Naked Diplomat Blog

  • Posted on : June 29, 2016
  • Posted by : Tom Fletcher

One week on, many are still in shock at the referendum result. Some are grieving. Some are giving up. But we have had a week to absorb the result. Denial, despair and drift are not an option. We must now get back to work.

The defining moment for the UK’s place in the  21st century is not the referendum, but how we respond to it. The period ahead will require a sense of collective purpose, vision and endeavour that we have not had since the Second World War. We must marshall our best instincts and values, and not our worst. 

 Based on the timetable set out by the PM, we have two phases ahead of us. Most of the focus in the media and political life is now on what happens after September. But it is just as important that we work together during the period of stabilization beforeSeptember. We need to stop the defeatist and declinist talk that is taking up so much oxygen - the world is listening. And rebuild a sense of a shared national project. Politically, this means it is time for the biggest tent possible.

I hope that our national effort can focus more on: 

-       confronting racism and hate crimes – that is not the Britain we know. We all need to speak out more strongly for the vital British values of tolerance and diversity. The right to be racist was not on the ballot paper.

 -       reassurance to our international partners and investors. Business leaders from both sides of the debate should set out how UK business can retain our role as a major trading nation. This is starting to happen - see the pieces by the CBI, Rohan Silva (on British entrepreneurship) and James Dyson. I'm sure that the UK's ambassadors have had instructions to get out on primetime local TV (in the local language), explaining that we remain as open to the world as ever. And that we'll see Ministers despatched to every continent to hammer home the message on Britain’s outward looking offer to the world, based on our history as a great trading nation; our global reach and outlook; and our strengths as a financial centre and creative industries superpower. Time to cancel some Summer holidays ...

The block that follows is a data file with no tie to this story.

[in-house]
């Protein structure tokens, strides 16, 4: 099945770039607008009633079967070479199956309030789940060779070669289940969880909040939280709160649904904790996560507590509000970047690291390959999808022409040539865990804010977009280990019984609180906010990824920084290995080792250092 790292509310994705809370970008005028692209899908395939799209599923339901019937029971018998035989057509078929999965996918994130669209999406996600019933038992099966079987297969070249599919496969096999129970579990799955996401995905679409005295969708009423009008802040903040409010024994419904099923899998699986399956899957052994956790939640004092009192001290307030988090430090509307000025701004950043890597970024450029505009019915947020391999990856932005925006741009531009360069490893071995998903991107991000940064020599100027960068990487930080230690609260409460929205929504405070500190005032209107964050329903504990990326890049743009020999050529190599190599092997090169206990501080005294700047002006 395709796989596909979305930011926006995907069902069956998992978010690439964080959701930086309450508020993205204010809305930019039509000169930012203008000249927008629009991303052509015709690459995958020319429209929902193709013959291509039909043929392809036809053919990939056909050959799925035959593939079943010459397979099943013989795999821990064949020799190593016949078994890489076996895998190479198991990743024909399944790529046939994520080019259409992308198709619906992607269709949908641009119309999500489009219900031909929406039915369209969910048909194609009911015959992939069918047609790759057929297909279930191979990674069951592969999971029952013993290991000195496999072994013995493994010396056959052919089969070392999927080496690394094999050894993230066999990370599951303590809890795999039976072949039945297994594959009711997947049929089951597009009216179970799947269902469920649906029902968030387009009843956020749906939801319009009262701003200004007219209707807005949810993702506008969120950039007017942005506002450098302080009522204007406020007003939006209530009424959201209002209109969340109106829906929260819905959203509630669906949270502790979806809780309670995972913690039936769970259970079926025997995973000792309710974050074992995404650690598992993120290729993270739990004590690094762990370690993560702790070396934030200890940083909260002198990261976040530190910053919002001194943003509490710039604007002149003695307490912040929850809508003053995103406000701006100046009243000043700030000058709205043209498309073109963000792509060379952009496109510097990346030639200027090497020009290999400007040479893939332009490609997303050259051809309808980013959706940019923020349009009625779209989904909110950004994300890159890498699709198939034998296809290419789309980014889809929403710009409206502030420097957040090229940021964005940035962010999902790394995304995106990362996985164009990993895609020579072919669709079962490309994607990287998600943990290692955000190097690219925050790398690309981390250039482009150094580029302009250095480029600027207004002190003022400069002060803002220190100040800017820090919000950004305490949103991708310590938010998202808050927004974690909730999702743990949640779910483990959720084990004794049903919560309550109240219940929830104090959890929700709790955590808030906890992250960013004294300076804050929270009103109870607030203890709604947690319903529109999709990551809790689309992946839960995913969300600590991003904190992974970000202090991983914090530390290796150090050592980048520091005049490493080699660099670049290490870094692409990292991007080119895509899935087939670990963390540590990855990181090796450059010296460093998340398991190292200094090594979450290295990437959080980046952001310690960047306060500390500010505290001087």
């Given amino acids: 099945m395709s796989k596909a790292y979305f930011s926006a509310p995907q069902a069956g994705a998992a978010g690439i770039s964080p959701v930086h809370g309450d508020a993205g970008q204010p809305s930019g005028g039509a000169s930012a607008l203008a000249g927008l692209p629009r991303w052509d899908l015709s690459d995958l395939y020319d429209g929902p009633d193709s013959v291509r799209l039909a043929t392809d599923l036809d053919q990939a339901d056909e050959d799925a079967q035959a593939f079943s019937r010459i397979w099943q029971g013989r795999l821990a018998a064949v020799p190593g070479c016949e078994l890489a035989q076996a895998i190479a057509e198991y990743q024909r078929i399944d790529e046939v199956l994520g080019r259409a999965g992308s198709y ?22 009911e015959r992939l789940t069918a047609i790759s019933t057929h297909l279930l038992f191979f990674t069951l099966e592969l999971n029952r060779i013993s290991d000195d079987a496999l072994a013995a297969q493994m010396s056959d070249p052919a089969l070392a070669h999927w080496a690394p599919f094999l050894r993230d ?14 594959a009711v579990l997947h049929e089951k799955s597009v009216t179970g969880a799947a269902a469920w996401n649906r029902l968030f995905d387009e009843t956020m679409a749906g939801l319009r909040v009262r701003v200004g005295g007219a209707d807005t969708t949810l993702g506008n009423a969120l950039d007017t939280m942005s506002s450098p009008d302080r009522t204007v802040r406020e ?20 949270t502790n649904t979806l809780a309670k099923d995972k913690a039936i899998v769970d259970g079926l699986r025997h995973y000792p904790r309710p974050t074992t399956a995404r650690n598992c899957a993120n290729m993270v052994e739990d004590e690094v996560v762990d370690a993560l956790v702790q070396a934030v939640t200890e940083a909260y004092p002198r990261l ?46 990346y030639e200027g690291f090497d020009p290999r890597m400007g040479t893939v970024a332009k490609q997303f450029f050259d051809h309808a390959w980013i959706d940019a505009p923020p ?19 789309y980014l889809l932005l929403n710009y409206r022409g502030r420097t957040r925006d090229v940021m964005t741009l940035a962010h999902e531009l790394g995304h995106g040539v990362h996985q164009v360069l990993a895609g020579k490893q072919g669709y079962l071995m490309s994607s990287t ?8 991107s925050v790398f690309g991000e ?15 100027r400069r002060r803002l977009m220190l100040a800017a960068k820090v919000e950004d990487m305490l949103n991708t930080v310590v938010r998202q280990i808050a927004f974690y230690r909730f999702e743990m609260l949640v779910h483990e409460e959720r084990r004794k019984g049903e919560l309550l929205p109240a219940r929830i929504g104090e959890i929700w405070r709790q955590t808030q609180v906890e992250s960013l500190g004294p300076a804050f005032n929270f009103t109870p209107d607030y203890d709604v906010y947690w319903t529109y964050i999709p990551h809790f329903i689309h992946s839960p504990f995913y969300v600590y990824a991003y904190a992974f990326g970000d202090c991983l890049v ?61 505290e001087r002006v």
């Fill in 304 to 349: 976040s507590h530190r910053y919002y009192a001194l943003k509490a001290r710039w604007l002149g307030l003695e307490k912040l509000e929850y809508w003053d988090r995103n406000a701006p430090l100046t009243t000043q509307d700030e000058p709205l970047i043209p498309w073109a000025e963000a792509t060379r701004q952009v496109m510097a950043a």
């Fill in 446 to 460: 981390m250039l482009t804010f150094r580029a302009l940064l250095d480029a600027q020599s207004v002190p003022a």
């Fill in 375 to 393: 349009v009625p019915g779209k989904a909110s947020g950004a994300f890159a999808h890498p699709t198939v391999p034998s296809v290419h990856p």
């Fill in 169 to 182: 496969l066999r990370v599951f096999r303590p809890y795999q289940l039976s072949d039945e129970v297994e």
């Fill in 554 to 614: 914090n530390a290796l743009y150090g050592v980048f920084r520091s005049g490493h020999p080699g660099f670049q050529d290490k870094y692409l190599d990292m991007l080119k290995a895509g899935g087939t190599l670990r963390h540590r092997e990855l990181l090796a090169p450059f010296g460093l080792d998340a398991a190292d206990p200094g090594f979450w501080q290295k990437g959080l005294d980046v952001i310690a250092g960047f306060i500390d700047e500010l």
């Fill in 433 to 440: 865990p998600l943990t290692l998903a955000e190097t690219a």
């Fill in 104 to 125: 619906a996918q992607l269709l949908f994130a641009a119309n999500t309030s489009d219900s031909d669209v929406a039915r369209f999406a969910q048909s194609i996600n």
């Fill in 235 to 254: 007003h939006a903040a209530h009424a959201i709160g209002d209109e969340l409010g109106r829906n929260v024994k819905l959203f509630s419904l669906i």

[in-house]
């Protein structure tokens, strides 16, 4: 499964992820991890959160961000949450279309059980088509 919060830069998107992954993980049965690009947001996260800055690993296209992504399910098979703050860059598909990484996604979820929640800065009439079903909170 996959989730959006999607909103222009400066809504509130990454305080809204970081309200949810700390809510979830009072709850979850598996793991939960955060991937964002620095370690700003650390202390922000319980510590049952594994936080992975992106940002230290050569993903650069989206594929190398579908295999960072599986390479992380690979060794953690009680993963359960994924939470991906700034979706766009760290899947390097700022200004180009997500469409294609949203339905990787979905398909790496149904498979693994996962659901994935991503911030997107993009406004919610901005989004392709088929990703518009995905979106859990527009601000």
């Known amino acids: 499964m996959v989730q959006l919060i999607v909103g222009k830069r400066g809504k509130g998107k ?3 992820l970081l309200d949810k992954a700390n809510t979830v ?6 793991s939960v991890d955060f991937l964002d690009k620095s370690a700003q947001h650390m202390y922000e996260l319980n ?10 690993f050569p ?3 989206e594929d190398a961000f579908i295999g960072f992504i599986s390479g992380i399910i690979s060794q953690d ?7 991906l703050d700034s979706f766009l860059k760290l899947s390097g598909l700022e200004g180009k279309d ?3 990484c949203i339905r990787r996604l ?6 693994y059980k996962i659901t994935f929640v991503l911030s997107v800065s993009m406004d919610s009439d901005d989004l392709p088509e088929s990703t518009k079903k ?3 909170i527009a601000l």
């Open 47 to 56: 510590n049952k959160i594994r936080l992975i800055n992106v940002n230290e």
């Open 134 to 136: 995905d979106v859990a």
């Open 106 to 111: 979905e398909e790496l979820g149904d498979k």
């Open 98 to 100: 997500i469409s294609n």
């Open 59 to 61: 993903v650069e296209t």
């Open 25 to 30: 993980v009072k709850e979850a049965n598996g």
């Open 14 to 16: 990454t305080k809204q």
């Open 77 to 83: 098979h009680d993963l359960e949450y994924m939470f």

-       preparation for negotiations for a dignified exit from the EU. The government will have a crack team preparing options for the next PM, but I hope it will also draw on the knowledge and networks of those who know the EU best, from Cathy Ashton to Nick Clegg to Chris Patten and Jonathan Hill. 

-       shoring up the Northern Ireland settlement. This is urgent. John Major and Tony Blair are well placed to join discussions with the Irish and Northern Irish administrations on how to respond to the new context. No-one knows that terrain better than Jonathan Powell - I hope he is being called in to help.

Phase Two will be under new political leadership. But whoever is chosen to run the Conservative and Labour parties, the next period must be an opportunity for Britain to consolidate its strengths as a 21st century powerhouse based on liberty, tolerance and creativity. And to respond to the referendum by developing a more positive and honest political debate, finding ways to put more power in the hands of citizens, and reinvigorating public life with fresh ideas and individuals. 

As part of this refresh, it is clearly important to have a new conversation on migration, that helps us benefit from our openness and diversity, but ensures that plans are in place for essential services that can keep up. And to make genuine efforts to reduce inequality, and address the anger of those left behind by globalisation.

The key now is to pull together – Remainers, Brexiters and everyone in between - to ensure that negative predictions about leaving the EU are proved wrong. We have to take on growing cynicism, division, fear and rancour. 

Britain can rise to this challenge. The answer to the 21st century is not a bigger wall, so let’s not mistake 23 June as a vote for isolationism. But seize it with confidence as a moment for national renewal and fresh purpose, and rebuild together. 

(Thank you to Nick Jefferson, Jonathan Luff and others for their input).

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